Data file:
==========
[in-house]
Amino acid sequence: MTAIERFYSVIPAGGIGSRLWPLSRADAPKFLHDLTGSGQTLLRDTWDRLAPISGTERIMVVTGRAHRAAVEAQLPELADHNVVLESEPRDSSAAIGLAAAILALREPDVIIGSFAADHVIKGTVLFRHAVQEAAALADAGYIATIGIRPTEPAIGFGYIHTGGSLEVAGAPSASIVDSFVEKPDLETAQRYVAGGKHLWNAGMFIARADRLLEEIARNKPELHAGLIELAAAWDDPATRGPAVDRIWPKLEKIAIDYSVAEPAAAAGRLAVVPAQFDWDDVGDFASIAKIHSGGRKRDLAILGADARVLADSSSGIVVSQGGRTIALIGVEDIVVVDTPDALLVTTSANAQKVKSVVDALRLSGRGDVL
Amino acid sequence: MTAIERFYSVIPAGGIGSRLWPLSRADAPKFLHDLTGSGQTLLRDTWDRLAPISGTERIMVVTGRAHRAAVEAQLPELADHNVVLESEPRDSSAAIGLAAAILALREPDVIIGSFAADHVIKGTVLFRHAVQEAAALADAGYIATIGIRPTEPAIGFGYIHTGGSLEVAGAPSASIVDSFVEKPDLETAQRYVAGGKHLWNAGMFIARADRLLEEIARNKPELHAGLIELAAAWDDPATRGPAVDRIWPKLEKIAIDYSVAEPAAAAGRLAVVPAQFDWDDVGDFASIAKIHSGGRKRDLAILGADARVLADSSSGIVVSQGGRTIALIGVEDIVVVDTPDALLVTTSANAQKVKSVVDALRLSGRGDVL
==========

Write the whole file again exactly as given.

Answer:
[in-house]
Amino acid sequence: MTAIERFYSVIPAGGIGSRLWPLSRADAPKFLHDLTGSGQTLLRDTWDRLAPISGTERIMVVTGRAHRAAVEAQLPELADHNVVLESEPRDSSAAIGLAAAILALREPDVIIGSFAADHVIKGTVLFRHAVQEAAALADAGYIATIGIRPTEPAIGFGYIHTGGSLEVAGAPSASIVDSFVEKPDLETAQRYVAGGKHLWNAGMFIARADRLLEEIARNKPELHAGLIELAAAWDDPATRGPAVDRIWPKLEKIAIDYSVAEPAAAAGRLAVVPAQFDWDDVGDFASIAKIHSGGRKRDLAILGADARVLADSSSGIVVSQGGRTIALIGVEDIVVVDTPDALLVTTSANAQKVKSVVDALRLSGRGDVL
Amino acid sequence: MTAIERFYSVIPAGGIGSRLWPLSRADAPKFLHDLTGSGQTLLRDTWDRLAPISGTERIMVVTGRAHRAAVEAQLPELADHNVVLESEPRDSSAAIGLAAAILALREPDVIIGSFAADHVIKGTVLFRHAVQEAAALADAGYIATIGIRPTEPAIGFGYIHTGGSLEVAGAPSASIVDSFVEKPDLETAQRYVAGGKHLWNAGMFIARADRLLEEIARNKPELHAGLIELAAAWDDPATRGPAVDRIWPKLEKIAIDYSVAEPAAAAGRLAVVPAQFDWDDVGDFASIAKIHSGGRKRDLAILGADARVLADSSSGIVVSQGGRTIALIGVEDIVVVDTPDALLVTTSANAQKVKSVVDALRLSGRGDVL